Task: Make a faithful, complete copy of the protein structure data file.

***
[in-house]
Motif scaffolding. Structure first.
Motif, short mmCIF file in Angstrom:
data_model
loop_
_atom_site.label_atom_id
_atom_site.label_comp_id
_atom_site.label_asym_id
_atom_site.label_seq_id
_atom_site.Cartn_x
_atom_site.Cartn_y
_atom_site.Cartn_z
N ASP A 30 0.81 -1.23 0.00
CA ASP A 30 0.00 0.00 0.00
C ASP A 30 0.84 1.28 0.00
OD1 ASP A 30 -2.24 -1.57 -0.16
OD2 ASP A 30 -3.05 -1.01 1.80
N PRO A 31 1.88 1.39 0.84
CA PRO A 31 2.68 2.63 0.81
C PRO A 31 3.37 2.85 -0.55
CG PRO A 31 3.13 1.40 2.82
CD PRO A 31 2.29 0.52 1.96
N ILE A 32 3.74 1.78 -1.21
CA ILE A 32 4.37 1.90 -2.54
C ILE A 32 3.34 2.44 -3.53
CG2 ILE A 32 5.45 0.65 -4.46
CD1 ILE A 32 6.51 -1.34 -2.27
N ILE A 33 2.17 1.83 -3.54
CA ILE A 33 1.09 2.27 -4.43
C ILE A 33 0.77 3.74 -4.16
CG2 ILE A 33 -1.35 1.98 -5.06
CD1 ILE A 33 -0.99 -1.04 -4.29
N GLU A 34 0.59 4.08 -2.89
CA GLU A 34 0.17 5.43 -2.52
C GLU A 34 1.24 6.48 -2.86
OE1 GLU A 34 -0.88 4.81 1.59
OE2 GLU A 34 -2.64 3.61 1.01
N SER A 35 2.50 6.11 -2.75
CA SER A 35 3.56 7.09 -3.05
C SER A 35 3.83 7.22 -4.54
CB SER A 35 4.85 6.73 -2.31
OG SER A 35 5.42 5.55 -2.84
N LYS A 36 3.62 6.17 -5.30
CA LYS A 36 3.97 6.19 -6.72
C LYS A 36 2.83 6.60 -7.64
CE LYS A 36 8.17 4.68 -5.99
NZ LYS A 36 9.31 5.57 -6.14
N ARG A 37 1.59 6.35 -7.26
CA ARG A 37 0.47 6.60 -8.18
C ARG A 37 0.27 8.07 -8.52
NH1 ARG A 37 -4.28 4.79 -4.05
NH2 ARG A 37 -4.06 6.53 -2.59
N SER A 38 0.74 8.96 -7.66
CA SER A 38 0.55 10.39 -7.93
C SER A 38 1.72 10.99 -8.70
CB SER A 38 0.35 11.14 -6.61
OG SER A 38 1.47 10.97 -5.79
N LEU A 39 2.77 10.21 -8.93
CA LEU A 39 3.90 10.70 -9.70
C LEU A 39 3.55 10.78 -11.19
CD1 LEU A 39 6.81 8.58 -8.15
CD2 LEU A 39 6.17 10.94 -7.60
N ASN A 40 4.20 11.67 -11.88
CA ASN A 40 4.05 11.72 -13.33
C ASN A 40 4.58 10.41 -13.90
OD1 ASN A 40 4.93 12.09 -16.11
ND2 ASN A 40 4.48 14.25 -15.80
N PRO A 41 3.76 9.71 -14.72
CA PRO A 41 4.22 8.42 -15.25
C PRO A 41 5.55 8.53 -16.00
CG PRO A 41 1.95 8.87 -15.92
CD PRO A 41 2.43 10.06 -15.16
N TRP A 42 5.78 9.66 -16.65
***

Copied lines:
[in-house]
Motif scaffolding. Structure first.
Motif, short mmCIF file in Angstrom:
data_model
loop_
_atom_site.label_atom_id
_atom_site.label_comp_id
_atom_site.label_asym_id
_atom_site.label_seq_id
_atom_site.Cartn_x
_atom_site.Cartn_y
_atom_site.Cartn_z
N ASP A 30 0.81 -1.23 0.00
CA ASP A 30 0.00 0.00 0.00
C ASP A 30 0.84 1.28 0.00
OD1 ASP A 30 -2.24 -1.57 -0.16
OD2 ASP A 30 -3.05 -1.01 1.80
N PRO A 31 1.88 1.39 0.84
CA PRO A 31 2.68 2.63 0.81
C PRO A 31 3.37 2.85 -0.55
CG PRO A 31 3.13 1.40 2.82
CD PRO A 31 2.29 0.52 1.96
N ILE A 32 3.74 1.78 -1.21
CA ILE A 32 4.37 1.90 -2.54
C ILE A 32 3.34 2.44 -3.53
CG2 ILE A 32 5.45 0.65 -4.46
CD1 ILE A 32 6.51 -1.34 -2.27
N ILE A 33 2.17 1.83 -3.54
CA ILE A 33 1.09 2.27 -4.43
C ILE A 33 0.77 3.74 -4.16
CG2 ILE A 33 -1.35 1.98 -5.06
CD1 ILE A 33 -0.99 -1.04 -4.29
N GLU A 34 0.59 4.08 -2.89
CA GLU A 34 0.17 5.43 -2.52
C GLU A 34 1.24 6.48 -2.86
OE1 GLU A 34 -0.88 4.81 1.59
OE2 GLU A 34 -2.64 3.61 1.01
N SER A 35 2.50 6.11 -2.75
CA SER A 35 3.56 7.09 -3.05
C SER A 35 3.83 7.22 -4.54
CB SER A 35 4.85 6.73 -2.31
OG SER A 35 5.42 5.55 -2.84
N LYS A 36 3.62 6.17 -5.30
CA LYS A 36 3.97 6.19 -6.72
C LYS A 36 2.83 6.60 -7.64
CE LYS A 36 8.17 4.68 -5.99
NZ LYS A 36 9.31 5.57 -6.14
N ARG A 37 1.59 6.35 -7.26
CA ARG A 37 0.47 6.60 -8.18
C ARG A 37 0.27 8.07 -8.52
NH1 ARG A 37 -4.28 4.79 -4.05
NH2 ARG A 37 -4.06 6.53 -2.59
N SER A 38 0.74 8.96 -7.66
CA SER A 38 0.55 10.39 -7.93
C SER A 38 1.72 10.99 -8.70
CB SER A 38 0.35 11.14 -6.61
OG SER A 38 1.47 10.97 -5.79
N LEU A 39 2.77 10.21 -8.93
CA LEU A 39 3.90 10.70 -9.70
C LEU A 39 3.55 10.78 -11.19
CD1 LEU A 39 6.81 8.58 -8.15
CD2 LEU A 39 6.17 10.94 -7.60
N ASN A 40 4.20 11.67 -11.88
CA ASN A 40 4.05 11.72 -13.33
C ASN A 40 4.58 10.41 -13.90
OD1 ASN A 40 4.93 12.09 -16.11
ND2 ASN A 40 4.48 14.25 -15.80
N PRO A 41 3.76 9.71 -14.72
CA PRO A 41 4.22 8.42 -15.25
C PRO A 41 5.55 8.53 -16.00
CG PRO A 41 1.95 8.87 -15.92
CD PRO A 41 2.43 10.06 -15.16
N TRP A 42 5.78 9.66 -16.65